THE PURPOSE of this study is to describe in a very simple way the language most, used in the poetry of two decades, the 1740's and the 1840's. The study is based on certain hypotheses: that the materials much used and much shared by poets have significance for the description of the poetry of which they are a part; and that time is a force in the establishing of the materials. For each decade each first chapter sets forth the primary language, the selection and proportioning of the parts of speech in their main contexts of sound and sentence structure; each second chapter suggests some of their parallels in prose and some of their status in critical theory. Tentative conclusions concern the great amount of agreement in usage within a decade, its power to unify as well as to distinguish.
The language of poetry appears to be a special selection from and formalizing of the language of prose. Prose statement, in syntax, sound, and reference, finds certain accentuation in poetry: its sounds more closely patterned, its structures and references chosen and repeated. The care involved involves also choice toward special forms which represent the sense of worth. And because the poet is a social being he chooses to stress not only singular forms of values but shared ones, the sorts of statement-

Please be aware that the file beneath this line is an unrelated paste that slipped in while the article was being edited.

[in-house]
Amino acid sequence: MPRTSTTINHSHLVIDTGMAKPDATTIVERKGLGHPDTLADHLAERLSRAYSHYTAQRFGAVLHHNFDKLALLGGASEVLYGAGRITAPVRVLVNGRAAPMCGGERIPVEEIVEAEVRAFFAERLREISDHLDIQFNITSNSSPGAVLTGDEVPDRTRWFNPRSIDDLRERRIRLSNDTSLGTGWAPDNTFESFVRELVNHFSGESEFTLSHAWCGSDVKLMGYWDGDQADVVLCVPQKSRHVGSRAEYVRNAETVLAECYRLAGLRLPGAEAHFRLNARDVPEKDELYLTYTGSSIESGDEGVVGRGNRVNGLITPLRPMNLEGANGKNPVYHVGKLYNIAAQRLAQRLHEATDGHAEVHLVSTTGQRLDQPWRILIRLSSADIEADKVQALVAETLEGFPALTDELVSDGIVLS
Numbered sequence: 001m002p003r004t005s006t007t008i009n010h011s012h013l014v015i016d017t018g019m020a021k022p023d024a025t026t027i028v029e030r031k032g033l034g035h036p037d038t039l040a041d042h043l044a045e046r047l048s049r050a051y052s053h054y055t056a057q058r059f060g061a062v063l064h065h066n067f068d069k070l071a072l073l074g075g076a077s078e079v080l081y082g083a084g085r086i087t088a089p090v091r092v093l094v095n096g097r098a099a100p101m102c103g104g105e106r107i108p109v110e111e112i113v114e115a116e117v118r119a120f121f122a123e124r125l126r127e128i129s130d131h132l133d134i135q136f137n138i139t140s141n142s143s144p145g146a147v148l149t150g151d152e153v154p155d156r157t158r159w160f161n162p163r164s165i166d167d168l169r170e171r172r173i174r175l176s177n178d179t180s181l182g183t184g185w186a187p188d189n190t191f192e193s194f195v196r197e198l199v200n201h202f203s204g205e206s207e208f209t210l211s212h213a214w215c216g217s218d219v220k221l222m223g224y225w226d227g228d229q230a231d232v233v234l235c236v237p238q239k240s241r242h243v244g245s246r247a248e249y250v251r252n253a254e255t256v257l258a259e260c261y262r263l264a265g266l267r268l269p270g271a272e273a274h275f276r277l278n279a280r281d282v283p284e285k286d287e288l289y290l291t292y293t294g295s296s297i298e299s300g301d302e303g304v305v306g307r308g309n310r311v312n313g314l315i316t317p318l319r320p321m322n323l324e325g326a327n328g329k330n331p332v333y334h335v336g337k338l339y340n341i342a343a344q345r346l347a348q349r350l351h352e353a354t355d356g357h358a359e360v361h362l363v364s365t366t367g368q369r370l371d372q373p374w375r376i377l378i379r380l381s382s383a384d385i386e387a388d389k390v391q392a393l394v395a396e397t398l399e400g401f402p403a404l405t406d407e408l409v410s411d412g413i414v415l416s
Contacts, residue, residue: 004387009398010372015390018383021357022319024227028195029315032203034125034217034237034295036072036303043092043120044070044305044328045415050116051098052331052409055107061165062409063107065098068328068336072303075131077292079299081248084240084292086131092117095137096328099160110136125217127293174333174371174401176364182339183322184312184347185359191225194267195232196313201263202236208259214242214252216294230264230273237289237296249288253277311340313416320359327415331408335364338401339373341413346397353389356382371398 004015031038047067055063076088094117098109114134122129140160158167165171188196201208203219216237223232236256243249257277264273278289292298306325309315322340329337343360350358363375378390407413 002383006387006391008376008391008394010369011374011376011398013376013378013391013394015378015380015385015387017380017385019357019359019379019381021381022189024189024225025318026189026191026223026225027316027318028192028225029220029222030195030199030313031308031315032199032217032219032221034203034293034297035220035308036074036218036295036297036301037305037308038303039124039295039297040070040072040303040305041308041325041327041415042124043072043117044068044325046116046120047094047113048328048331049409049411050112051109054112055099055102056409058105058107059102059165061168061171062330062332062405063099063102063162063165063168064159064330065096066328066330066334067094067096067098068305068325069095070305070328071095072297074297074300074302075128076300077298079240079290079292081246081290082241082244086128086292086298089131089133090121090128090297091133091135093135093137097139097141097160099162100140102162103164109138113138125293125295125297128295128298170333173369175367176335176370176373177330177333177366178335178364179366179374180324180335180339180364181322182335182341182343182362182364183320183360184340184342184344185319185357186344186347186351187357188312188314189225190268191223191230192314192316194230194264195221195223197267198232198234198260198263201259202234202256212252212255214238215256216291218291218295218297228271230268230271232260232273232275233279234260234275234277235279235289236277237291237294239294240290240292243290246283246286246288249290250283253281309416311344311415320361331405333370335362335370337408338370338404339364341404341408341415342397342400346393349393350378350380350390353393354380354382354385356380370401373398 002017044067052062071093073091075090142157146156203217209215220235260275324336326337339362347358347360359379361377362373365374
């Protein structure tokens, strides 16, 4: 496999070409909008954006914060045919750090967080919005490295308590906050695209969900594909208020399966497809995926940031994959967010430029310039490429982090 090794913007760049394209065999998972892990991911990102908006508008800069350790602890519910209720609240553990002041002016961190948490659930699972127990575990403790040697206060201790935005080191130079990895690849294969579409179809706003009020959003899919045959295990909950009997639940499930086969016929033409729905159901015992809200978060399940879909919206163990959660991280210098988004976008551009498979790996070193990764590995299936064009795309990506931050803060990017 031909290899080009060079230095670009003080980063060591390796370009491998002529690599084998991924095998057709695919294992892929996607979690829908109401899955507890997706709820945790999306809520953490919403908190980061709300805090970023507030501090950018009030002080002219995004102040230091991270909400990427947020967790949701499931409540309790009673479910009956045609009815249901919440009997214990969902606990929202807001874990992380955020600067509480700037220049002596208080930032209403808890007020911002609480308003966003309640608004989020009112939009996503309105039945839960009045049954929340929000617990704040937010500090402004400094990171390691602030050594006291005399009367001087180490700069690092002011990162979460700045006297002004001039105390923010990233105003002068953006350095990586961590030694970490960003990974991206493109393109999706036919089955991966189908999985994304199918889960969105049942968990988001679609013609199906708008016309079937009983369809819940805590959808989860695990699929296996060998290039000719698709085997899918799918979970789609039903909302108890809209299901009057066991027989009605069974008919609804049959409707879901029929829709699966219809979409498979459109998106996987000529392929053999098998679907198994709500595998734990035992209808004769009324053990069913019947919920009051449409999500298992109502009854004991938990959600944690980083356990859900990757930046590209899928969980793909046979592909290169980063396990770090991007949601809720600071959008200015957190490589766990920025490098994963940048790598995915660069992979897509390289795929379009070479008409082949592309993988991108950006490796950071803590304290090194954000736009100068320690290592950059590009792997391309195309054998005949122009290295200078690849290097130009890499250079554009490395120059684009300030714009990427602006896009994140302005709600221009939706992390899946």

forms stressed by his fellow writers, the sorts of line-forms stressed by his fellow poets. This is the common language of poetry in its simplest sense, not yet linguistically analyzed into basic units of meaning, not yet formally constructed into figure, connotative patterns, and thematic types, but in common use as it is available to the poet, the structures, words, sounds of remarks. With this agreed-on material I am concerned. What the poet does with it, what attitude he takes toward it, what point he carries it to, the style in which he treats it, all are further problems; it is my idea that they can be better considered after we